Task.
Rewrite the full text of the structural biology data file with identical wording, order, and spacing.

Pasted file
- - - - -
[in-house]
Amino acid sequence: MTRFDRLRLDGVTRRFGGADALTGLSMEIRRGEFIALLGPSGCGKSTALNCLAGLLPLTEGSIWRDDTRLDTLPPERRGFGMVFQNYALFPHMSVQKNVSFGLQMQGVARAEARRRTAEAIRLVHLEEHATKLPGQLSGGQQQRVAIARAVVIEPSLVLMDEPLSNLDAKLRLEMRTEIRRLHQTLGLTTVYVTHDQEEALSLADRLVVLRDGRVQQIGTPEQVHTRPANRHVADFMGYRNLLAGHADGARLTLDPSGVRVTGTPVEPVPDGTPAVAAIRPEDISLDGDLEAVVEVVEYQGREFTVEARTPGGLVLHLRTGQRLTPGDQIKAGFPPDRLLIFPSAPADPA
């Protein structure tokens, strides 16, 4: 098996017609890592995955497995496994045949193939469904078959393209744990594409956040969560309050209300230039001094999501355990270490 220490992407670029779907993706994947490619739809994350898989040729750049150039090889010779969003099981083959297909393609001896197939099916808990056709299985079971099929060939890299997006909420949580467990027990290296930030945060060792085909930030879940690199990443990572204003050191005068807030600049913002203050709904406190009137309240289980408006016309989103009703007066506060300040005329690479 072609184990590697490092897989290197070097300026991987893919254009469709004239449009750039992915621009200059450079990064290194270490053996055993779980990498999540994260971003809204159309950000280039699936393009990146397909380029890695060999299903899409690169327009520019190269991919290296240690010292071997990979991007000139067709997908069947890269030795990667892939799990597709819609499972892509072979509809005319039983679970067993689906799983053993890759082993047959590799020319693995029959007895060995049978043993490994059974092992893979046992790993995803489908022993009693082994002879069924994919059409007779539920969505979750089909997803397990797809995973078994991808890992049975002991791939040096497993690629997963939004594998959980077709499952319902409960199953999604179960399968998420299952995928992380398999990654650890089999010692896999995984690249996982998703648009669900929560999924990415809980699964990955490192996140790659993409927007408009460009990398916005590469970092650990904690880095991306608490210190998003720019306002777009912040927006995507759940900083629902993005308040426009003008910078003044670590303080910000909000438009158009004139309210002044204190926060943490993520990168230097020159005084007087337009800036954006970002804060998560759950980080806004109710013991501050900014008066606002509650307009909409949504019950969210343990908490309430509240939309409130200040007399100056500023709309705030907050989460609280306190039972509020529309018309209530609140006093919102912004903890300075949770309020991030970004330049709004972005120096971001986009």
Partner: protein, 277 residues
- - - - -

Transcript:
[in-house]
Amino acid sequence: MTRFDRLRLDGVTRRFGGADALTGLSMEIRRGEFIALLGPSGCGKSTALNCLAGLLPLTEGSIWRDDTRLDTLPPERRGFGMVFQNYALFPHMSVQKNVSFGLQMQGVARAEARRRTAEAIRLVHLEEHATKLPGQLSGGQQQRVAIARAVVIEPSLVLMDEPLSNLDAKLRLEMRTEIRRLHQTLGLTTVYVTHDQEEALSLADRLVVLRDGRVQQIGTPEQVHTRPANRHVADFMGYRNLLAGHADGARLTLDPSGVRVTGTPVEPVPDGTPAVAAIRPEDISLDGDLEAVVEVVEYQGREFTVEARTPGGLVLHLRTGQRLTPGDQIKAGFPPDRLLIFPSAPADPA
């Protein structure tokens, strides 16, 4: 098996017609890592995955497995496994045949193939469904078959393209744990594409956040969560309050209300230039001094999501355990270490 220490992407670029779907993706994947490619739809994350898989040729750049150039090889010779969003099981083959297909393609001896197939099916808990056709299985079971099929060939890299997006909420949580467990027990290296930030945060060792085909930030879940690199990443990572204003050191005068807030600049913002203050709904406190009137309240289980408006016309989103009703007066506060300040005329690479 072609184990590697490092897989290197070097300026991987893919254009469709004239449009750039992915621009200059450079990064290194270490053996055993779980990498999540994260971003809204159309950000280039699936393009990146397909380029890695060999299903899409690169327009520019190269991919290296240690010292071997990979991007000139067709997908069947890269030795990667892939799990597709819609499972892509072979509809005319039983679970067993689906799983053993890759082993047959590799020319693995029959007895060995049978043993490994059974092992893979046992790993995803489908022993009693082994002879069924994919059409007779539920969505979750089909997803397990797809995973078994991808890992049975002991791939040096497993690629997963939004594998959980077709499952319902409960199953999604179960399968998420299952995928992380398999990654650890089999010692896999995984690249996982998703648009669900929560999924990415809980699964990955490192996140790659993409927007408009460009990398916005590469970092650990904690880095991306608490210190998003720019306002777009912040927006995507759940900083629902993005308040426009003008910078003044670590303080910000909000438009158009004139309210002044204190926060943490993520990168230097020159005084007087337009800036954006970002804060998560759950980080806004109710013991501050900014008066606002509650307009909409949504019950969210343990908490309430509240939309409130200040007399100056500023709309705030907050989460609280306190039972509020529309018309209530609140006093919102912004903890300075949770309020991030970004330049709004972005120096971001986009």
Partner: protein, 277 residues